Her recording of Dinos Constantinides’ Marche de Galvez with the Louisiana Sinfonietta and Schola Cantorum was released by Centaur Records in February of 2008.  Praised for her “impeccable comic timing” and “lovable and unique” characterizations, Dr. Rhodes is also active in operetta and cross-over repertoire. 

Her portrayal of the Baroness von Krakenfeldt can be heard on the Ohio Light Opera’s recording of Gilbert and Sullivan’s The Grand Duke released by Albany Records in 2003. 

Daniel Shirley, tenor

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Of his 2013 Carnegie Hall debut, the New York Concert Review noted, “Daniel Shirley’s voice soared over the large forces with strength and clarity.” The tenor continues to earn critical praise for his appearances in concert, opera, and musical theater.

His 2014-15 concert season includes debuts with the Lexington Philharmonic in Carmina Burana, the Alabama Symphony in Carmina Burana, and Choral Society of Durham in the C.P.E. Bach Magnificat.  He will appear with Madison Opera throughout the current season, first as the title role in Candide for the 10th Anniversary Celebration of the Overture Center for the Arts, and then as Anthony Hope in Sweeney Todd.

The 2013-14 season brought debuts with Michigan Opera Theater in Der Fliegende Holländer, the Pacific Symphony in Messiah, Opera Memphis in The Mikado, the Seattle Symphony in Carmina Burana, and Boston Baroque in Il Ritorno d’Ulisse in Patria.

During the 2012-13 season he debuted with Madison Opera in Acis and Galatea, Distinguished Concerts International – New York in Willcocks’ A Great and Glorious Victory (Carnegie Hall debut), New York City Opera as cover for Prologue/Quint in The Turn of the Screw, and Sugar Creek Symphony & Song in Carlisle Floyd’s Cold Sassy Tree.  He sang with Chicago’s Music of the Baroque throughout the season, most notably as tenor soloist in Israel in Egypt.

Daniel’s diverse repertoire is growing to include the masterpieces of the symphonic and sacred canons. He is becoming known for his inspired interpretations of Handel oratorios and fearless singing of the Carmina Burana roasting swan and is adding the Bach Evangelists to his repertoire.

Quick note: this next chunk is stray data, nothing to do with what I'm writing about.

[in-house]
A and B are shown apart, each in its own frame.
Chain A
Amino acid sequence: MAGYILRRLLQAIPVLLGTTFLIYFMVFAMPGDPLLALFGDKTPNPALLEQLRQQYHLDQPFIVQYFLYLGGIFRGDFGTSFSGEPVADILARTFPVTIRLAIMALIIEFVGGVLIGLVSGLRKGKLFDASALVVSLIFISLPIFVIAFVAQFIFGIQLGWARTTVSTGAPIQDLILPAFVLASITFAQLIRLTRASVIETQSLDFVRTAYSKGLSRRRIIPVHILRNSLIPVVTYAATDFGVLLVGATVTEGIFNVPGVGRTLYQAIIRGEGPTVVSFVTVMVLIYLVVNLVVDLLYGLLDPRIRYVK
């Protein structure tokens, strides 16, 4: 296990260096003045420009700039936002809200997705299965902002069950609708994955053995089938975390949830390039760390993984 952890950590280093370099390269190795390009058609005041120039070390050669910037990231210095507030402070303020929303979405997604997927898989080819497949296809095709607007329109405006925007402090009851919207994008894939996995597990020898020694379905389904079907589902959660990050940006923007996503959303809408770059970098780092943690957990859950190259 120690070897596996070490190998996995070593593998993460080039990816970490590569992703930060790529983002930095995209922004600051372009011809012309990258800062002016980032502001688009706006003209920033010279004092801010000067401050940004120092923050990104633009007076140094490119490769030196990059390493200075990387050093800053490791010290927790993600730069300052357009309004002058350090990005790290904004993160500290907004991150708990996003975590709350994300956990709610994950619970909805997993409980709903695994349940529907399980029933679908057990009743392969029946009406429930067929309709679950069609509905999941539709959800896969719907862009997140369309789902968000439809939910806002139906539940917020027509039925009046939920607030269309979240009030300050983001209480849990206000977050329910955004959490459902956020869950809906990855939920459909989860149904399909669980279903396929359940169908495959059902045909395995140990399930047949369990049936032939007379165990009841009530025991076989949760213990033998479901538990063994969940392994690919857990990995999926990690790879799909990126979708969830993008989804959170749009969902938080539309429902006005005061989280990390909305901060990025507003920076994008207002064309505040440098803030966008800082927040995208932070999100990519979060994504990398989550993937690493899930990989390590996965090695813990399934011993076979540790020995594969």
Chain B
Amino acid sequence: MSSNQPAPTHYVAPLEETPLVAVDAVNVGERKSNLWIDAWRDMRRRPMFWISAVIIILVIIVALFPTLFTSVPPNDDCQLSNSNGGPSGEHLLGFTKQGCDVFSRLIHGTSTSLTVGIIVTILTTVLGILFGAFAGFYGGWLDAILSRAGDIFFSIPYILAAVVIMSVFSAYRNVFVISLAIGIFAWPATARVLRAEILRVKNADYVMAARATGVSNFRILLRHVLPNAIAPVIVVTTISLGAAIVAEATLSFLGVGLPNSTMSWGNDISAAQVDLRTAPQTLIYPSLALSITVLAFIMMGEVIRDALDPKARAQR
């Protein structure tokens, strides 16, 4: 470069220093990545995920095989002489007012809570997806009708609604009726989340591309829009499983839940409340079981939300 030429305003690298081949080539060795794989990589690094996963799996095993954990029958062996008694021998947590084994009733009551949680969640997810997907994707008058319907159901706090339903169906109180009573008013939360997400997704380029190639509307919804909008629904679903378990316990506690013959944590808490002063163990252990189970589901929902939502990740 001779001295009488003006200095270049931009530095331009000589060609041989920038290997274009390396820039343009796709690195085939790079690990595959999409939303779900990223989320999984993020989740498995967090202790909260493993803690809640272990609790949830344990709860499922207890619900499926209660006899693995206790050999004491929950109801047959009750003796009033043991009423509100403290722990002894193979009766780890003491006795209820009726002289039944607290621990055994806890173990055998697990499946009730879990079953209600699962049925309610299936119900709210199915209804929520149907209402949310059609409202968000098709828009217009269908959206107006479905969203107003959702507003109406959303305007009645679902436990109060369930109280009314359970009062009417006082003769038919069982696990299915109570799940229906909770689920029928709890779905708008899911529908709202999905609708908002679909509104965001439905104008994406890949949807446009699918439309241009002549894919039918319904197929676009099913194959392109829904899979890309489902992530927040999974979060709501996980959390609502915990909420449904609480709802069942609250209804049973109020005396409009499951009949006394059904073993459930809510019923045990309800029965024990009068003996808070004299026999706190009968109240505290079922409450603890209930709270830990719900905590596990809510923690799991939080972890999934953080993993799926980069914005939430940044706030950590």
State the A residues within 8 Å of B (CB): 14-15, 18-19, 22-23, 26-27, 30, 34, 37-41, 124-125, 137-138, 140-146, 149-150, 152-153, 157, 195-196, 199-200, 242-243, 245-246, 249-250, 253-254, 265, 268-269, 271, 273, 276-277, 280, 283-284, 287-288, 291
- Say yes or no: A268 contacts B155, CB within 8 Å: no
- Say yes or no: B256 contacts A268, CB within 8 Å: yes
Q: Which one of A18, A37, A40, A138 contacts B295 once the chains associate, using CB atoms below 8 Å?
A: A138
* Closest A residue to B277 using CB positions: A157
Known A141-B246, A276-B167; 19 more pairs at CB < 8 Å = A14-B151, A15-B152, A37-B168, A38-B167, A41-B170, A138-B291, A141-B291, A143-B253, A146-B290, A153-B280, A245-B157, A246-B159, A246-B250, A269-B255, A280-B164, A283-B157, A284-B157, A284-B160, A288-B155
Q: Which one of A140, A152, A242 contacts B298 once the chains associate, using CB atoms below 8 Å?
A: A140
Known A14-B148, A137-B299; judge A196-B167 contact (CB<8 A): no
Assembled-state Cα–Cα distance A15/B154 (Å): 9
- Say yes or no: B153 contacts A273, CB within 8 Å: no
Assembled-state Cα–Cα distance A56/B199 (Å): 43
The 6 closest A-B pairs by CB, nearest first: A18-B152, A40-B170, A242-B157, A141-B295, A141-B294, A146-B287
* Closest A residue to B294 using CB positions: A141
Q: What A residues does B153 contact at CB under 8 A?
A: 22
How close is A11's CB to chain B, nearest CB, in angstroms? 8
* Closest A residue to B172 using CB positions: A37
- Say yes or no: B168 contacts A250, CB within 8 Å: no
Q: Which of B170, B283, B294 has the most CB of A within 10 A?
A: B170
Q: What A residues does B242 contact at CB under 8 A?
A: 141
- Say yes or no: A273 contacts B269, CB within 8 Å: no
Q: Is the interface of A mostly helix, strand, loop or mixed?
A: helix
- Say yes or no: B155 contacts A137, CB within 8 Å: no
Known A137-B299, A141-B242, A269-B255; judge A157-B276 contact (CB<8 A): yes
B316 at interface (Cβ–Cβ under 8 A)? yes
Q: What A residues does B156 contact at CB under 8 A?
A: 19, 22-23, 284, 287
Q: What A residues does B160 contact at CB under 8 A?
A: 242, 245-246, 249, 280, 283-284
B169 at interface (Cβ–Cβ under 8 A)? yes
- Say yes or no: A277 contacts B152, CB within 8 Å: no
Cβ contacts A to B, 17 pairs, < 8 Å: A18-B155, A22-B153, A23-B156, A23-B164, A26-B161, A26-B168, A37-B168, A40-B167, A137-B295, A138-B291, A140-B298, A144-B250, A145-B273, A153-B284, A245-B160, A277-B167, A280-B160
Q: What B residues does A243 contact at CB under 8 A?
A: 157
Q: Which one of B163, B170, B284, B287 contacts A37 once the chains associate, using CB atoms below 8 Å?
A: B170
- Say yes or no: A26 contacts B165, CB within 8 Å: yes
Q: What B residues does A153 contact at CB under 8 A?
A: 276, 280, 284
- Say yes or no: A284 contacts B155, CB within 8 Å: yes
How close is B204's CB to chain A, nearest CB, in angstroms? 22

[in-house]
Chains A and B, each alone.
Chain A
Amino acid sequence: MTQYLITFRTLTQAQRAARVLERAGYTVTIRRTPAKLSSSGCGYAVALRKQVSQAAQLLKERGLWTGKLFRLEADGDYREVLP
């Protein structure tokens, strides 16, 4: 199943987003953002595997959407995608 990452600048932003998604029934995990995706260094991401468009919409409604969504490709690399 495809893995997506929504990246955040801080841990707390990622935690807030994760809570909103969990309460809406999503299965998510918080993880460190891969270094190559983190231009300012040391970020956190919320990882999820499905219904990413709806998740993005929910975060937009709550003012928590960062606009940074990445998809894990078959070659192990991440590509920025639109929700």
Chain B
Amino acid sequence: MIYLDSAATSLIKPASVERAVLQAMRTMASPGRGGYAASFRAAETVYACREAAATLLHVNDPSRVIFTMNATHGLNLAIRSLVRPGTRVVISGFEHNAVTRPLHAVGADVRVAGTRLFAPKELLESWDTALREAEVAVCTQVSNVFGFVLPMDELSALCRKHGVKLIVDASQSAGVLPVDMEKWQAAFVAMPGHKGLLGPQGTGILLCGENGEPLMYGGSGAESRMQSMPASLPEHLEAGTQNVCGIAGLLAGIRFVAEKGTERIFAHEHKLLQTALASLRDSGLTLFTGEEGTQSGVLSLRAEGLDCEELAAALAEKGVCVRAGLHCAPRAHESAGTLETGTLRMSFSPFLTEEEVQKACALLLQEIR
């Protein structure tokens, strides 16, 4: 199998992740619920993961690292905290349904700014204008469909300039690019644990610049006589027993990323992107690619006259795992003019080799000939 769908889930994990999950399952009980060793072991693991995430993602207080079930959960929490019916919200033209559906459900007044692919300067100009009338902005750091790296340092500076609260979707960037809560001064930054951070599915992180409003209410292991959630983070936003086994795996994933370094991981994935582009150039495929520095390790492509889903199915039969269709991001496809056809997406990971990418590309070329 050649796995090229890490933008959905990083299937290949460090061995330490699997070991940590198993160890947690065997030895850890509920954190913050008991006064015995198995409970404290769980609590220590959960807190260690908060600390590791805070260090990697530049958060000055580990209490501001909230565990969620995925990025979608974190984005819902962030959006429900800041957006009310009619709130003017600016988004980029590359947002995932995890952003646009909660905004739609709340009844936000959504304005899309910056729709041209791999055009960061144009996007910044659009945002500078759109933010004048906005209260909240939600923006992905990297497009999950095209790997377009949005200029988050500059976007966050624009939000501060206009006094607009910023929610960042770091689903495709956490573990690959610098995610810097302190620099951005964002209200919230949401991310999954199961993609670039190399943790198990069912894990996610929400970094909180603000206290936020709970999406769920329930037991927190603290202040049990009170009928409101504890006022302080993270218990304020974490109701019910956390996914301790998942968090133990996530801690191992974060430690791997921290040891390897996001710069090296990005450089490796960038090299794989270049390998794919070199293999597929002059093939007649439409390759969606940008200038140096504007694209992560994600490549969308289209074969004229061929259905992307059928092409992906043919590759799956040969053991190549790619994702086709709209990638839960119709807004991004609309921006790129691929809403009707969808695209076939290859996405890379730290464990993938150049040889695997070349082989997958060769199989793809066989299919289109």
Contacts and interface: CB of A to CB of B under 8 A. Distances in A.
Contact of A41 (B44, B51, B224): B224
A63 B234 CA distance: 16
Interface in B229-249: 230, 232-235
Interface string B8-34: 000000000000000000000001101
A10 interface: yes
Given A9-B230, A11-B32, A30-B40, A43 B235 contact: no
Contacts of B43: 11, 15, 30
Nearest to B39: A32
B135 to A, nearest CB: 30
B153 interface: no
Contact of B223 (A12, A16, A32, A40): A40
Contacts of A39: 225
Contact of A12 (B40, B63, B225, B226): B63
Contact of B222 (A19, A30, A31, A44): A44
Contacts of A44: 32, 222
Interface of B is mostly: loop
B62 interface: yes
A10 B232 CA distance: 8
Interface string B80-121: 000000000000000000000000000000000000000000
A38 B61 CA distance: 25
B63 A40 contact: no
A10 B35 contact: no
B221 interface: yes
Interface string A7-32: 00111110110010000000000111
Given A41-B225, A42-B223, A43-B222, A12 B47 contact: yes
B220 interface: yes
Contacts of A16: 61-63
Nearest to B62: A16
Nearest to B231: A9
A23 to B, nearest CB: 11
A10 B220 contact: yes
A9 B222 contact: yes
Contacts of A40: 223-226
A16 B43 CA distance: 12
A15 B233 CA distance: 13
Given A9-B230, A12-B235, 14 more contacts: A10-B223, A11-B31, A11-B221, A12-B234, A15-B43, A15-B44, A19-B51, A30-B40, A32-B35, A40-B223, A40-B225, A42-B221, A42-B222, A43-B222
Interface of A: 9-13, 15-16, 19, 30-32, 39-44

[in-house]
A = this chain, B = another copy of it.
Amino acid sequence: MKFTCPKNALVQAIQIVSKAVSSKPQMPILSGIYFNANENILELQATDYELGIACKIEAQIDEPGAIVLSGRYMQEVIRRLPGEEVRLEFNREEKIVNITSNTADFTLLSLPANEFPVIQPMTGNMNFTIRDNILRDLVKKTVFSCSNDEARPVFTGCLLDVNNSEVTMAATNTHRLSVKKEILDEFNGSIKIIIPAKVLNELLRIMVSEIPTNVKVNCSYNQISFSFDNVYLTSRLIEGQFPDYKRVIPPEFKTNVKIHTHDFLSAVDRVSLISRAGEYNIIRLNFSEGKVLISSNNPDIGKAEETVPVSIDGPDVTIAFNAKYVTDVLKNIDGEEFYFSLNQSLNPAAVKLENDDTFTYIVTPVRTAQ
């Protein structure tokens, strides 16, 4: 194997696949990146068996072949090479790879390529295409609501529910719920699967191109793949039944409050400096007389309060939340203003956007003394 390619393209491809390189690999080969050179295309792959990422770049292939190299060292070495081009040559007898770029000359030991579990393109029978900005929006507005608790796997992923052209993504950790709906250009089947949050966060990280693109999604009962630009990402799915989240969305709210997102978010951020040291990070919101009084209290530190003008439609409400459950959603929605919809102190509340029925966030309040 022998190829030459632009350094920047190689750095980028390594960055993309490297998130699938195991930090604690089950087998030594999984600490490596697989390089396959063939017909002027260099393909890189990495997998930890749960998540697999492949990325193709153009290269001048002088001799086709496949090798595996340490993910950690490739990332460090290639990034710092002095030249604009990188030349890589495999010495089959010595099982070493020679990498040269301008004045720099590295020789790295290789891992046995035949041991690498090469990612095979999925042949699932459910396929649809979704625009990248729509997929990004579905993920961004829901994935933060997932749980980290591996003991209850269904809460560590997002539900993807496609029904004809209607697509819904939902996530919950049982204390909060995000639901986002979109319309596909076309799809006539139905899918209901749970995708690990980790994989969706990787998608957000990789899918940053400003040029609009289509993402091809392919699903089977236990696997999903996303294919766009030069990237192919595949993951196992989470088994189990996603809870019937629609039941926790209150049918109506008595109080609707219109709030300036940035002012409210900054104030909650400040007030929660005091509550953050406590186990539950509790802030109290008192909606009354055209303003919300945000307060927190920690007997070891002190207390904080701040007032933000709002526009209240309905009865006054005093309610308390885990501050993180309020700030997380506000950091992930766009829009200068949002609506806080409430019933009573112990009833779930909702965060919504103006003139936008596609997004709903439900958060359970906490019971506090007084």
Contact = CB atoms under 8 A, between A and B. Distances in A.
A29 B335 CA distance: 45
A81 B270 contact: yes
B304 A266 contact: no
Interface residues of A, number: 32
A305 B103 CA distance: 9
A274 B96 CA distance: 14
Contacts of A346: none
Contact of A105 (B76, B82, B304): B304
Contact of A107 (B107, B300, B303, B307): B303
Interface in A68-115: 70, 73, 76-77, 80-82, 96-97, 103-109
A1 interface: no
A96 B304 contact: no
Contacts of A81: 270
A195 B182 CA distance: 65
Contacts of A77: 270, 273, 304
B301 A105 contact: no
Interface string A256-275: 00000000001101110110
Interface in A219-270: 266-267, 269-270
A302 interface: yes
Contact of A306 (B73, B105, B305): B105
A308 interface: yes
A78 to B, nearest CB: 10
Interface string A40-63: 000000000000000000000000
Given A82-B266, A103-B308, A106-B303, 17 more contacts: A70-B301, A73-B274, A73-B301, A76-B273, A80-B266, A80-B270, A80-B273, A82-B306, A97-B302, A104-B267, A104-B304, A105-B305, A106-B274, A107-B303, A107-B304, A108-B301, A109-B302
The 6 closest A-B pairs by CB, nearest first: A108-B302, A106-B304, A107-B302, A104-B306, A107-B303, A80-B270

The tenor trained in some of America’s most notable young artist programs. A resident artist with Florida Grand Opera from 2010 to 2012, he performed Prunier in La Rondine and Tybalt in Roméo et Juliette and covered Don Ottavio in Don Giovanni. 

Critics commended his Prunier for a vocal delivery “so pure, that even in the softer passages he makes a very memorable impression,” and his Tybalt for a “hot-headed, on target performance” with “pure and solid tone.”  As a 2009 and 2011 Apprentice Artist with Santa Fe Opera, Daniel covered Gualtiero in Griselda and Don Ottavio in Don Giovanni.

In 2008, he joined the Bonfils-Stanton Artist Training Program of Central City Opera to cover Sam Polk in Susannah. His professional debut was as Don Curzio in The Marriage of Figaro with Chautauqua Opera, where he was a Studio Artist.

Recent awards include Fifth place in the 2014 American Traditions Competition, Honorable Mention in the 2013 George London Foundation awards, and a 2012 Career Development Grant from the William Matheus Sullivan Foundation. 

Daniel has also been honored with awards from the Anna Sosenko Trust, the National Society of Arts and Letters, Central City Opera, the Orpheus National Vocal Competition, Chautauqua Opera, and the Dayton Opera Guild.

Recordings include the Vaughan Williams Ten Blake Songs on oboist Elizabeth Robertson’s album ‘Oboe Serenade,’ and the role of Edgar in Frédéric Chaslin’s new opera Wuthering Heights with the orchestra of the Palau de les Arts Reina Sofia in Valencia.

Nathan Milholin, baritone

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Bass-baritone Nathan Milholin is a Resident Artist at the Academy of Vocal Arts in Philadelphia. While at AVA he has performed Ferrando in Il Trovatore, Raimondo in Lucia di Lammermoor, Sparafucile in Rigoletto, Leporello in Don Giovanni, Méphistophélès in Faust, and Colline in La Bohème, among other roles. 

Mr. Milholin has performed leading and compamario roles with many opera companies and festivals, including Opera in the Heights, Central City Opera, Festival Mozart in A Coruña, Spain, The Glimmerglass Festival, the Castleton Festival, and Santa Fe Opera. He holds a Bachelor of Music degree in Vocal Performance from North Carolina School of the Arts and a Master of Music degree in Opera Performance from Yale University.